Although the discomfort of dry eye syndrome may not have a cure at this point, there are many ways in which it can be successfully managed, and the symptoms reduced. The right treatment option can result in fewer symptoms, greater comfort, and often clearer vision. However, because there are a number of causes that can lead to dry eye syndrome, there is a variety of treatment approaches that may be considered. If you see a doctor about dry eye, then chances are that your doctor will recommend either one, or a combination of the following treatments. However, successful treatment will require you to be willing to follow your doctor’s recommendations completely.
Artificial Tears for Dry Eye Treatment
One of the most common options for dealing with the symptoms of mild dry eye, typically caused by excessive reading or computer use, is the use of artificial tears or lubricating eye drops. There are many different brands of artificial tears that can be accessed without a prescription. Because of this, the challenge in using eye drops properly isn’t in gaining access, but choosing the right formulation for your specific needs.
Most artificial tears are available in a variety of different blends, with different levels of viscosity or thickness. Because low-viscosity tears are often watery and light, they can offer fast-paced relief without blurring or obstructing your vision. However, the problem with these drops is that their impact is generally short lived. Alternatively, artificial tears that come with a higher viscosity are generally thicker, and more like a gel or cream. However, while the results of these drops often last for much longer, they can cause significant blurring in the vision, which is why some people regard them to be a bad choice for through-the-day use when they may need to drive or work.
Most people find that the ingredients used in different eye drops help to offer some insight into what those drops should be used to treat. Different brands can be more effective for different ailments, so it’s worth looking into your chosen drops in depth before purchasing them. If your doctor recommends that you specifically use one or more different formulations of artificial tears to deal with your dry eye problem, make sure that you carefully follow the instructions that he or she gives you regarding how frequently you should be using them.
Restasis or Allergen
If your dry eye problem goes beyond the mild discomfort that can often be fixed by over the counter eye drops or artificial tears, then your doctor might prescribe you a medication drop that you can use on a daily basis. These drops are known as Restasis, or Allergen, and they are capable of doing far more than simply lubricating the surface of the eye. These drops include a medicated agent that can work to reduce the inflammation that is often typical in dry eye syndrome, helping your body to produce more natural tears in order to keep the eyes healthy and comfortable.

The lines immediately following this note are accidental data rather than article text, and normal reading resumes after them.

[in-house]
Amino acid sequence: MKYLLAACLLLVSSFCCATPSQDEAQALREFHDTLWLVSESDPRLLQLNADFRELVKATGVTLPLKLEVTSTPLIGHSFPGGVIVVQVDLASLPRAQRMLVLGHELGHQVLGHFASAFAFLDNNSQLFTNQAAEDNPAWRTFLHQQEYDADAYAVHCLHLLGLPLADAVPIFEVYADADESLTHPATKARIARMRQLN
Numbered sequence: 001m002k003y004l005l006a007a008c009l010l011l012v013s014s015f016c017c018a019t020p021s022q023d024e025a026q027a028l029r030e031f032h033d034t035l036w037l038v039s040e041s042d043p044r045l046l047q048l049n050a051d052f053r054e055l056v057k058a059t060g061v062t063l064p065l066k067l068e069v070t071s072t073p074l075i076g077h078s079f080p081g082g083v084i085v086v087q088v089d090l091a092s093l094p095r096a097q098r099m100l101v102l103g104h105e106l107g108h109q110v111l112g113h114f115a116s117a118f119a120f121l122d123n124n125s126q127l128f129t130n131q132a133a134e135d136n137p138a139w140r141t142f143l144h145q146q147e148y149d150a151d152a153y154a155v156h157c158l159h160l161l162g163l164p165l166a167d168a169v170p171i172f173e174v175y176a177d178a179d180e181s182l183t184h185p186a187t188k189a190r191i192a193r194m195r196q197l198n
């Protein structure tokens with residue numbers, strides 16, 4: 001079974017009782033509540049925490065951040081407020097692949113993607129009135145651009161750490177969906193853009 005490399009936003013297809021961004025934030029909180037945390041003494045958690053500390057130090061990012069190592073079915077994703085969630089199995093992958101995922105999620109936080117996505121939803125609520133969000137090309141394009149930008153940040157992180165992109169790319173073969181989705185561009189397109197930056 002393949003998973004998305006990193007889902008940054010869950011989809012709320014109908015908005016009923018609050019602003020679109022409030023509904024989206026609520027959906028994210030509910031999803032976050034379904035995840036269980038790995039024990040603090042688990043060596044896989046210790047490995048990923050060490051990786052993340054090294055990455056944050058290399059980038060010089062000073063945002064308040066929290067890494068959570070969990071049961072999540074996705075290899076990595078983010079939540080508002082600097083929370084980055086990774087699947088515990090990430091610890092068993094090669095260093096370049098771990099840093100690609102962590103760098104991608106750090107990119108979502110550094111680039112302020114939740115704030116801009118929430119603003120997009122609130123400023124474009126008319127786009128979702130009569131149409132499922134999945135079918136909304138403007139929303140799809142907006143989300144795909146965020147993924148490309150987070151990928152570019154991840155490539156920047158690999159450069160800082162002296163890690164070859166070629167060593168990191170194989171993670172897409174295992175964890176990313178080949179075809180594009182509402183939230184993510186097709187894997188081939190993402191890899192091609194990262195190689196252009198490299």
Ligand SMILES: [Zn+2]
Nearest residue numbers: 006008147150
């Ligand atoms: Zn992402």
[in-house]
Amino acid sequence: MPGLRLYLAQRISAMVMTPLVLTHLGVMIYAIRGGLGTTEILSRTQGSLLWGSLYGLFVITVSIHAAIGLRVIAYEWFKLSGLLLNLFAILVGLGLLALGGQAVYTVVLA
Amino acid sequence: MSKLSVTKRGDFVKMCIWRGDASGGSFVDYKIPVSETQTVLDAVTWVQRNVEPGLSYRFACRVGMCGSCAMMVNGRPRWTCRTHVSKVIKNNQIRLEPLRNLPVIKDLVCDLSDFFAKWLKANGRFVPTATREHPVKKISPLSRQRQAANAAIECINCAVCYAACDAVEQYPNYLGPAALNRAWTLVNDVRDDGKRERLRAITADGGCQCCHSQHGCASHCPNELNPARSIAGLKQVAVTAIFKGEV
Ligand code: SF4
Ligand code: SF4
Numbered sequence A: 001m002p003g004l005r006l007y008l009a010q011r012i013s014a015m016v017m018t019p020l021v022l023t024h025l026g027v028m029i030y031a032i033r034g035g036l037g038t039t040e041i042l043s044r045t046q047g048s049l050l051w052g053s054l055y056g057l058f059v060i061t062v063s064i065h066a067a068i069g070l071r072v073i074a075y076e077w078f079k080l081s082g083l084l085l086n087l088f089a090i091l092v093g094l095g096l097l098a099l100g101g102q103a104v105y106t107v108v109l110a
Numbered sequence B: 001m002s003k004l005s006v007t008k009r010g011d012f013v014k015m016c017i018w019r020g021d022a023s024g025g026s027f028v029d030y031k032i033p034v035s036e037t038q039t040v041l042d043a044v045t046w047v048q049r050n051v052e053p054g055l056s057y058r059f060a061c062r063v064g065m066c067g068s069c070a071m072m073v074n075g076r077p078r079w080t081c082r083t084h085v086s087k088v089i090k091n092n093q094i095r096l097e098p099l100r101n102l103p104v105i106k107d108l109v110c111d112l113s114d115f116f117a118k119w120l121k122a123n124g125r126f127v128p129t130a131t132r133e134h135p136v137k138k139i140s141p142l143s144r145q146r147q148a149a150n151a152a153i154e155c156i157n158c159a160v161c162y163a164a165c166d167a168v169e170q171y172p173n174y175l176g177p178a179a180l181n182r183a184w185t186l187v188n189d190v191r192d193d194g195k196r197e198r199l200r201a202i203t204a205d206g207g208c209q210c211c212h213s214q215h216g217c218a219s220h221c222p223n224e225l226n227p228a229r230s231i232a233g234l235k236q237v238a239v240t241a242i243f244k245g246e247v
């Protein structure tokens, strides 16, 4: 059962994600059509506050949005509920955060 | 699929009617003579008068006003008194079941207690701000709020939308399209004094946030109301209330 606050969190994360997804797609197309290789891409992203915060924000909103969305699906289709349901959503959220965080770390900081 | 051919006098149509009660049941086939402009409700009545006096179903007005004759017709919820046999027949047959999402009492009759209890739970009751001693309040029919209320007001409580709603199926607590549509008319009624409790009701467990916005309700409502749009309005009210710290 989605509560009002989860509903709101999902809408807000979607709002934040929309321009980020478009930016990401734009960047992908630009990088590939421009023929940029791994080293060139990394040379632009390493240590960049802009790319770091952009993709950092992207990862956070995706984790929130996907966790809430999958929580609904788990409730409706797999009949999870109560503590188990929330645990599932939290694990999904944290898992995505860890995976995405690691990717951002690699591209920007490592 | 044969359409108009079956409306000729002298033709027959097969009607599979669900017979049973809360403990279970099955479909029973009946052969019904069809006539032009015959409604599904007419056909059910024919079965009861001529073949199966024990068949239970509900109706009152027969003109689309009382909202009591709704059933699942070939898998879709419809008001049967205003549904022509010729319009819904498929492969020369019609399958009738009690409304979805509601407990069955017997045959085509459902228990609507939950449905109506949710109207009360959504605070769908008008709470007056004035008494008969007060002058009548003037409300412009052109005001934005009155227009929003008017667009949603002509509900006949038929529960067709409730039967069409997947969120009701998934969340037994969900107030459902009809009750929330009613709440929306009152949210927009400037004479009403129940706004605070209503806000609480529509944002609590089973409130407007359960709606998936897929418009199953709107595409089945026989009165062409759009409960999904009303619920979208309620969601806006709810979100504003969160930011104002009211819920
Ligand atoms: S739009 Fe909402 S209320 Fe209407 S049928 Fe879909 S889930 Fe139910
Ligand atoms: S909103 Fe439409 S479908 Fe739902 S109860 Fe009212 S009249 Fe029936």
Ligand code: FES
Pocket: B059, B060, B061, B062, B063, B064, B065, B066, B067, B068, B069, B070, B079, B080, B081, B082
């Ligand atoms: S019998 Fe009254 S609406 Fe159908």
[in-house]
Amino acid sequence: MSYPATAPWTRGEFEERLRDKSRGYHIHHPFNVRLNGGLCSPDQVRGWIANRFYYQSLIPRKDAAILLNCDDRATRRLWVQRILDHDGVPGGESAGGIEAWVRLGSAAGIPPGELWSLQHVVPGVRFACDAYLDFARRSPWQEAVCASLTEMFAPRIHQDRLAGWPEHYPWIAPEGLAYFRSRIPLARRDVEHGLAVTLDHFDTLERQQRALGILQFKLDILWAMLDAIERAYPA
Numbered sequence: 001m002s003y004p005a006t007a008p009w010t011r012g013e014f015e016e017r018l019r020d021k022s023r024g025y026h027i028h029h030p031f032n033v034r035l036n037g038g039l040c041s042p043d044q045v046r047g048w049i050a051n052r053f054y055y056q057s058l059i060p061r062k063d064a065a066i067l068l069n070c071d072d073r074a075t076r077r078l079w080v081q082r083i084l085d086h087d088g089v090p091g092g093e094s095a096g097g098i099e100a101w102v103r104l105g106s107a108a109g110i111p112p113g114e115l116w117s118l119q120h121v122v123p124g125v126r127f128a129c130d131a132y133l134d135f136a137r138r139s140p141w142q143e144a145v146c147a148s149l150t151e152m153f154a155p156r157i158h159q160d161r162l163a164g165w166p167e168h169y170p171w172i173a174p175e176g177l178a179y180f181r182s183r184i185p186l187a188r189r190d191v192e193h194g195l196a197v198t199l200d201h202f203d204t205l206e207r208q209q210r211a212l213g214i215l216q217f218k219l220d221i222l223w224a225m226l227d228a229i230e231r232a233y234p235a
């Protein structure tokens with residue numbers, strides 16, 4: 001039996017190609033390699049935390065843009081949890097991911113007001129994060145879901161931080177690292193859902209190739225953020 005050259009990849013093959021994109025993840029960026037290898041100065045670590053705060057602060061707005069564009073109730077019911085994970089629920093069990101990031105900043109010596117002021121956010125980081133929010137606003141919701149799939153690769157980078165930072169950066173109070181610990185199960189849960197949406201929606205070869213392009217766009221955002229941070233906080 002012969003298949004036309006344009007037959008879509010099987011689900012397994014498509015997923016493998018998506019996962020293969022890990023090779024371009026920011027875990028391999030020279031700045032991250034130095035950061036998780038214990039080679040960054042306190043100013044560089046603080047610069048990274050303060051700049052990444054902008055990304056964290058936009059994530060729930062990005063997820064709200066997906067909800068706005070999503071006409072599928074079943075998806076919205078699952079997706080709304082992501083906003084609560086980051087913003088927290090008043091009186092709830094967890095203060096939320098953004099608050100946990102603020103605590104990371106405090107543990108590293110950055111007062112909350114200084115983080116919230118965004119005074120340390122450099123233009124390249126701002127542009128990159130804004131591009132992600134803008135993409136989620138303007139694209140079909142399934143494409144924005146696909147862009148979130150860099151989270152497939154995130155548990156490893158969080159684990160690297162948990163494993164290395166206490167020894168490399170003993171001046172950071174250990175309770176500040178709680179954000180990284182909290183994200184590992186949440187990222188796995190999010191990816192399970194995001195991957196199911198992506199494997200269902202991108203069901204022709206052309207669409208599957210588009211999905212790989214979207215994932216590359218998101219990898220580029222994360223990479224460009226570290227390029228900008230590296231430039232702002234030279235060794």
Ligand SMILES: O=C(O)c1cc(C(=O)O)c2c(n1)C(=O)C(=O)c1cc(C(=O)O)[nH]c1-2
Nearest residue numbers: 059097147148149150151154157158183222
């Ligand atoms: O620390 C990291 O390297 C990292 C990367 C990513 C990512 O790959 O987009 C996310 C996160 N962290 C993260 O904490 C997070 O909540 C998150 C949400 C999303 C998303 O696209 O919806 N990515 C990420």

Crucially, however, it’s worth noting that the impact of Restasis is not immediate, and patients must expect to use the drops for at least ninety days if they want to experience the full benefits of this treatment. Significantly, many people who try Restasis will actually feel burning in their eyes during the first weeks of treatment.
In recent years, doctors have begun to realize the role of inflammation in the development of dry eyes. Inflammation is often responsible for causing the burning, stinging, and redness that are associated with a dry eye condition, but some people experience inflammation without any symptoms at all. Artificial tears may reduce the appearance of redness, but will not address the inflammatory causes behind the issue, meaning that your doctor may need to prescribe steroids as a way of better managing the condition.
Usually, steroid-based eye drops will be used on a short-term basis to manage symptoms as quickly as possible, and they may be used alongside other treatment solutions such as Restasis, as a complement to more long-term strategies. While a small amount of the steroid is absorbed systemically, most candidates will not experience any steroidal symptoms beyond the eye. Keep in mind, however, that steroid eye drops can increase your risk of suffering from cataracts or high eye-pressure when used for extended time periods.
Lacrisert is a slow-release lubricant that can be placed underneath the lower eye where the conjunctiva of the eyeball meets the conjunctiva of the inside eyelid. Lacrisert is a form of solid insert composed of a lubricating agent that liquefies slowly over time to continue moisturizing the eye throughout the day. Most people with dry eyes will only apply a single Lacrisert a day, and this can help to relieve burning, light sensitivity, and dryness.